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The Great (Duck) Race

Tomorrow’s 4th annual Great Duck Race (Saturday, June 30) is a great excuse to go downtown.

Starting at 10 a.m., there’s here’s children’s arts and crafts, face painting, a bounce castle, “duck decorating,” music and food.

At 1 p.m. 3000 ducks — each with a number — will be dropped into the Saugatuck River near the Post Road Bridge. A boom will be pulled away; they’ll “race” 200 feet. (Fear not: The ducks are made of “an environmentally sensitive compound.”)

Dumping the ducks into the boom.

If a duck you bought ($20 each) with your number is one of the 1st 10, you’ll win a prize. First prize is a $5,000 Visa gift card; 2nd prize is a $1,000 card, and 3rd through 10th are $500 Visa cards. (You don’t have to be present to win.)

All well and good (and for a good cause: Westport Sunrise Rotary, and all their good works).

But Westporters with long memories remember a different “Great Race.” And the racers were humans, not ducks.

The 1st Great Race was held in 1976, as part of America’s bicentennial celebration. It lasted a few years.

In 1991, Sunrise Rotary resurrected it. It was an all-hands-0n deck competition. Kayaks, canoes, dinghies, windsurfers, catamarans — and everything else, from Tom Sawyer rafts, to boats in the shape of Smurfs and Elvis, to science experiment failures — were launched from the library park.

They made their way (hopefully) to Cockenoe Island. There, sailors dodged rats and gnats as they picked up a trash bag of garbage.

Every July from 1991 to 1999, Great Racers cleaned up garbage.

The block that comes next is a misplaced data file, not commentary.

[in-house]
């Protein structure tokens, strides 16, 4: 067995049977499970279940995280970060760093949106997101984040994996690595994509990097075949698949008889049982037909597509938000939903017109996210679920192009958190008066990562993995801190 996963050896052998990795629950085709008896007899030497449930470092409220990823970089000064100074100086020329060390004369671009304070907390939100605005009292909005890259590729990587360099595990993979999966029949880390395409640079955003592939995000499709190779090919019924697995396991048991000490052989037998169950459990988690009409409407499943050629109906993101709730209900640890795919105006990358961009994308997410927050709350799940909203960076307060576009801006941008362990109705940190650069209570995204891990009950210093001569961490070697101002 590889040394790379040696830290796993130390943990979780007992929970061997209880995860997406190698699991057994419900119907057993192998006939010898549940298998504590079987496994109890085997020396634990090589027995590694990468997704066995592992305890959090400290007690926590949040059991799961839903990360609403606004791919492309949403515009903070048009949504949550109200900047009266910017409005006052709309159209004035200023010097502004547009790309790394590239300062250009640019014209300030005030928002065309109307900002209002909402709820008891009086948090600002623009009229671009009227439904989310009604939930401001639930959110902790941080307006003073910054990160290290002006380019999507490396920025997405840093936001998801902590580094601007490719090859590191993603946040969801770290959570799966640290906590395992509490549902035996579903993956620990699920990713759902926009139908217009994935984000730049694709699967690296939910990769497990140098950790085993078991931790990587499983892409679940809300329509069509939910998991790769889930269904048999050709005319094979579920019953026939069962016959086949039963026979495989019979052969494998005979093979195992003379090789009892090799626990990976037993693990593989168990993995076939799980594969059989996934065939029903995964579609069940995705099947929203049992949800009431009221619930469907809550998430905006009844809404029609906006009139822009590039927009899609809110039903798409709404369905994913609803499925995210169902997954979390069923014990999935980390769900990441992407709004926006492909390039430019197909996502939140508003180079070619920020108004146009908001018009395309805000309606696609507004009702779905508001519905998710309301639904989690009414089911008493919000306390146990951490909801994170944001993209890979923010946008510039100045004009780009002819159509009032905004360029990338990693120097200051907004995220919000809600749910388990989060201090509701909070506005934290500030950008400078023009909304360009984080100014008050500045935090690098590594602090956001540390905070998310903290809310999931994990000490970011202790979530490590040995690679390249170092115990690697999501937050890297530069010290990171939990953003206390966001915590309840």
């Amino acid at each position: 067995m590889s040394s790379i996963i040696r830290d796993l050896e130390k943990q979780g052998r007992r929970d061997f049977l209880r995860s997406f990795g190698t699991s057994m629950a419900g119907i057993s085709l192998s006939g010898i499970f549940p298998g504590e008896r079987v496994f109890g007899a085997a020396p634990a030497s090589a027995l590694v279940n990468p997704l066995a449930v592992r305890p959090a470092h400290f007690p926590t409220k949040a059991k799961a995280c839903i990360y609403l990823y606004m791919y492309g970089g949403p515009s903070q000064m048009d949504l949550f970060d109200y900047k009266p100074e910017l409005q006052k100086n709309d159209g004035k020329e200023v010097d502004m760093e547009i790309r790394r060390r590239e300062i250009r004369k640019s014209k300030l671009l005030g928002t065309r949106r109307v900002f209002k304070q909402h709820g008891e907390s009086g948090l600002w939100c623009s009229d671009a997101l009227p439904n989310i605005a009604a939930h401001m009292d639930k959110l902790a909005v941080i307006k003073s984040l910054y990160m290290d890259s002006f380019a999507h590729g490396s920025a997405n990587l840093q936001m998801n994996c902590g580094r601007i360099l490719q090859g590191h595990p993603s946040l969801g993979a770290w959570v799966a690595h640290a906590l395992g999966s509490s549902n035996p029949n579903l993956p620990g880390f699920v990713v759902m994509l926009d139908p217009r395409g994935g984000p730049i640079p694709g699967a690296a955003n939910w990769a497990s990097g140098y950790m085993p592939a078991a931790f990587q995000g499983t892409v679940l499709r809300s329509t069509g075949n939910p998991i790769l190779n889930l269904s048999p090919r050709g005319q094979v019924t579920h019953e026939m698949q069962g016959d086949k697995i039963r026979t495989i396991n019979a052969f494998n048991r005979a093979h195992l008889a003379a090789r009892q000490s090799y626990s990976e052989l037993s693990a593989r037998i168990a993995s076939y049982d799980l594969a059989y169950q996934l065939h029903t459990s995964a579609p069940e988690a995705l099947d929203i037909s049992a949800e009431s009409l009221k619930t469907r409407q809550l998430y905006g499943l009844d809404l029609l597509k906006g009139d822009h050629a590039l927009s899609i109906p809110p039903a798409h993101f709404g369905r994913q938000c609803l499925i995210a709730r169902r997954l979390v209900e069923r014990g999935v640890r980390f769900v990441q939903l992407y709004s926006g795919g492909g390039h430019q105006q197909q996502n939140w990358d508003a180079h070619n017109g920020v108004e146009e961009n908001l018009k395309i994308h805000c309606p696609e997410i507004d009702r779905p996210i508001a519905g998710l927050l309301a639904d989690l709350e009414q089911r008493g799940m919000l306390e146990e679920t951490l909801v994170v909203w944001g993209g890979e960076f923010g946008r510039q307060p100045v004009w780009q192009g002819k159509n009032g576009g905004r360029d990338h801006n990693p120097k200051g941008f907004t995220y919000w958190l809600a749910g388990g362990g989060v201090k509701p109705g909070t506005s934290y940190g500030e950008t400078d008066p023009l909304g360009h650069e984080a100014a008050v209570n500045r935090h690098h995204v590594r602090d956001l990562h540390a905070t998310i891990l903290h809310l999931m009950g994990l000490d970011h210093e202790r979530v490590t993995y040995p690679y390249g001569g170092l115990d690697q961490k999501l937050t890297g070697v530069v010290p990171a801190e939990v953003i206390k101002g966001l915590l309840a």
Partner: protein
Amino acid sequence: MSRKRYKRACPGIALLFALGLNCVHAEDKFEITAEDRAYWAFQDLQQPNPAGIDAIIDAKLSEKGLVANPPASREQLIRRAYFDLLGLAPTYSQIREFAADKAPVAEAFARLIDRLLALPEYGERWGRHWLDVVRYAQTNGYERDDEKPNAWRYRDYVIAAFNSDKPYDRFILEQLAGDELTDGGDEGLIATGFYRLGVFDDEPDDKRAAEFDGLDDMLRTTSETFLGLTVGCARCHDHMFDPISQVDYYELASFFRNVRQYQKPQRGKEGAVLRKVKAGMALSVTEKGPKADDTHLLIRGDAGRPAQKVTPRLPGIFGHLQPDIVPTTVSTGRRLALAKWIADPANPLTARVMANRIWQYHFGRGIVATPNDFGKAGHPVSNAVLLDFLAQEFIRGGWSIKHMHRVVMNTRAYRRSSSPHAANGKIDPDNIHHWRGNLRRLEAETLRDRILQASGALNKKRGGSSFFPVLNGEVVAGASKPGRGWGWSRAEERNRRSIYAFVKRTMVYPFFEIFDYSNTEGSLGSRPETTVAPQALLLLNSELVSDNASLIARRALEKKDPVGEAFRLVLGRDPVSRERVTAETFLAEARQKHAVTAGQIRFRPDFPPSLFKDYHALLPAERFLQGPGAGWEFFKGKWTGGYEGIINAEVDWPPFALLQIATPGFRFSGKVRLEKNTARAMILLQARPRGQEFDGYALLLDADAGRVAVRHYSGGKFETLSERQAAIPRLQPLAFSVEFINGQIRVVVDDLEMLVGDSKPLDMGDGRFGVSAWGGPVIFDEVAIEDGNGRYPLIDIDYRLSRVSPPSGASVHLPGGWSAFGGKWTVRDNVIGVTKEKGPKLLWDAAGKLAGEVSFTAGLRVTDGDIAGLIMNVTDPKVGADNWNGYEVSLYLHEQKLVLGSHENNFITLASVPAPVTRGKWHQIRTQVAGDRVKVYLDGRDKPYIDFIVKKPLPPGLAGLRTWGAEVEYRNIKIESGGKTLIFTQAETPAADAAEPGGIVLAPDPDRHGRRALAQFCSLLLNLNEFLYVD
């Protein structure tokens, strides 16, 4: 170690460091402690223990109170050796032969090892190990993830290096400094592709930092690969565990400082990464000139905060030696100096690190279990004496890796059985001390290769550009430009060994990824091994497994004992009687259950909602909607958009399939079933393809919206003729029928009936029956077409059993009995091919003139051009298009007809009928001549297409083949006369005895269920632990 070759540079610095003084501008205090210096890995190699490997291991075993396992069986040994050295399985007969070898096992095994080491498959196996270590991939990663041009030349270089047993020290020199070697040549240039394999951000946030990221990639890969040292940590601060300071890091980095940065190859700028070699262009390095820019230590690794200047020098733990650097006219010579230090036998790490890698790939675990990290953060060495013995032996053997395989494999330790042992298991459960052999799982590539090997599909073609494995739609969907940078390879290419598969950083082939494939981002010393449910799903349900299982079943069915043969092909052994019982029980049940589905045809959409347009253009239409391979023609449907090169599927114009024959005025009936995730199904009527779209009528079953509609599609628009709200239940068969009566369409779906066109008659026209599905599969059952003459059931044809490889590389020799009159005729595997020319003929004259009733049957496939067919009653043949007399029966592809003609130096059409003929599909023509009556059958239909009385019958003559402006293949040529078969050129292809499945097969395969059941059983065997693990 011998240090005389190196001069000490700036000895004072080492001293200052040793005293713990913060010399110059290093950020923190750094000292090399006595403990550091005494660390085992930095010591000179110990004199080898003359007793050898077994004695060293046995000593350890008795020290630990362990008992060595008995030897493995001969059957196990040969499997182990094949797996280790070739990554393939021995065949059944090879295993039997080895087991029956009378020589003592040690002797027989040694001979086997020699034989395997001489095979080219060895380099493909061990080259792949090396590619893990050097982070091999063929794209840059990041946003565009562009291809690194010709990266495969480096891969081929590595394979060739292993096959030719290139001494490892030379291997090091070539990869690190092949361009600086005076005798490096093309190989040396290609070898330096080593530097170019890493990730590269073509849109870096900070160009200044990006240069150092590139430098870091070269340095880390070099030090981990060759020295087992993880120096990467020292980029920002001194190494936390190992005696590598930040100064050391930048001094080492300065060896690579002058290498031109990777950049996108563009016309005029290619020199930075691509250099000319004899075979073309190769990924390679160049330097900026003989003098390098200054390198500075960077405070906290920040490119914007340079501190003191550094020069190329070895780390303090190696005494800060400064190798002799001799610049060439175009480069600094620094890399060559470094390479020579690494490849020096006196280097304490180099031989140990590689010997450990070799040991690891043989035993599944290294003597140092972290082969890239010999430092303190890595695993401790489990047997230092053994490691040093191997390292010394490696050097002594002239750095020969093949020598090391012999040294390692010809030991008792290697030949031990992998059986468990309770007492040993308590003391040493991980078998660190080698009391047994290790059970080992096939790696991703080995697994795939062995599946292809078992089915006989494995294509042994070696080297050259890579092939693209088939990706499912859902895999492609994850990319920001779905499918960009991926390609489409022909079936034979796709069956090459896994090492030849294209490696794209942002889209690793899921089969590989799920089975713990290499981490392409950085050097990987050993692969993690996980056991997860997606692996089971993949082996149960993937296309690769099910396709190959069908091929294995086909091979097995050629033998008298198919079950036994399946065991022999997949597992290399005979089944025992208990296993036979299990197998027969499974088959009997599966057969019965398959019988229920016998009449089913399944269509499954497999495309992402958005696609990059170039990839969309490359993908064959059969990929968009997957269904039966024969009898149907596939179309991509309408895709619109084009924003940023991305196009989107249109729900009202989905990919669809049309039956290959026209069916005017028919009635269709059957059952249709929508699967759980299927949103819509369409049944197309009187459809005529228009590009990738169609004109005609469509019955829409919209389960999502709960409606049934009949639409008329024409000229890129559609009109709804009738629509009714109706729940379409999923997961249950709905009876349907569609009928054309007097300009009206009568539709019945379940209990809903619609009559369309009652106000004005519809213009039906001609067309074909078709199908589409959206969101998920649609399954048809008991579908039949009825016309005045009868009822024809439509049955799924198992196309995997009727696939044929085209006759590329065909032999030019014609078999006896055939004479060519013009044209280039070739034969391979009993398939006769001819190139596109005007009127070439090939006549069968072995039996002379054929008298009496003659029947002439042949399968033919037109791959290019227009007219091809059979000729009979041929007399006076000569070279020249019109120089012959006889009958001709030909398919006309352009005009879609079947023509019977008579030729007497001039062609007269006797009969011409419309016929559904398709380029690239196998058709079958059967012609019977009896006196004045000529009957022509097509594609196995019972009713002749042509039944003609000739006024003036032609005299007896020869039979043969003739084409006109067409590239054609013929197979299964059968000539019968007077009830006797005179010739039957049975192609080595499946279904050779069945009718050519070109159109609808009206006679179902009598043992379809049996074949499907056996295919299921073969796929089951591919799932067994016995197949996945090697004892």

Then — powered only by their own muscle (and, sometimes, prodigious amounts of beer) — they returned to the Post Road bridge. Prizes were awarded for fastest time, most garbage and silliest boat.

The event required tons of work. Sunrise Rotary member Pete Wolgast quickly ascended the Great Race organizational ladder. One year after overseeing Port-o-Potties, he was general manager.

The job entailed everything from finding the right day (the tide had to be high around noon) to overseeing the Jesup Green fair. There were live bands, plus 15 to 20 booths featuring face painting, horse rides, slides, a dunk tank and food stands. (The Daughters of the British Empire sold strawberries and cream.)

The Great Race also included skydiver Howard Burling (the former Westport cop aimed for a spot between the green and the river), and post office booth to cancel special Great Race stamps designed by local artists. For a while, the race itself was even broadcast on WICC.

During its time the Great Race raised well over $100,000, which the Sunrise Rotary distributed to local and international charities.

In 1999 Pete became president of Sunrise Rotary. No one had all the time needed to organize the Great Race, so it was “suspended.” (The club turned to a more traditional fundraiser: a wine tasting.)

Four years ago, Sunrise Rotary resurrected the event — this time as a ducks-only affair.

But — whether you’re paddling your own boat, or hoping that duck in front has your lucky number — it’s still a great race.

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